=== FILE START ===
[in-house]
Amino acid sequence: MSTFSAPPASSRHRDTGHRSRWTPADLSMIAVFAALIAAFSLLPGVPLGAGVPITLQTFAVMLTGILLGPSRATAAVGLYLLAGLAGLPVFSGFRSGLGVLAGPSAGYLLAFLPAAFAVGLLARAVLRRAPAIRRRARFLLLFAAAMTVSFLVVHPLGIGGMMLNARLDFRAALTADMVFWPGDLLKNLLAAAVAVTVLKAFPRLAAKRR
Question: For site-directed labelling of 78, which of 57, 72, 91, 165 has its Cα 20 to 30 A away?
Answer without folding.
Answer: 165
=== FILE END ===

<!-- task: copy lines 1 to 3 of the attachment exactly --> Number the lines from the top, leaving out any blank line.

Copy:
[in-house]
Amino acid sequence: MSTFSAPPASSRHRDTGHRSRWTPADLSMIAVFAALIAAFSLLPGVPLGAGVPITLQTFAVMLTGILLGPSRATAAVGLYLLAGLAGLPVFSGFRSGLGVLAGPSAGYLLAFLPAAFAVGLLARAVLRRAPAIRRRARFLLLFAAAMTVSFLVVHPLGIGGMMLNARLDFRAALTADMVFWPGDLLKNLLAAAVAVTVLKAFPRLAAKRR
Question: For site-directed labelling of 78, which of 57, 72, 91, 165 has its Cα 20 to 30 A away?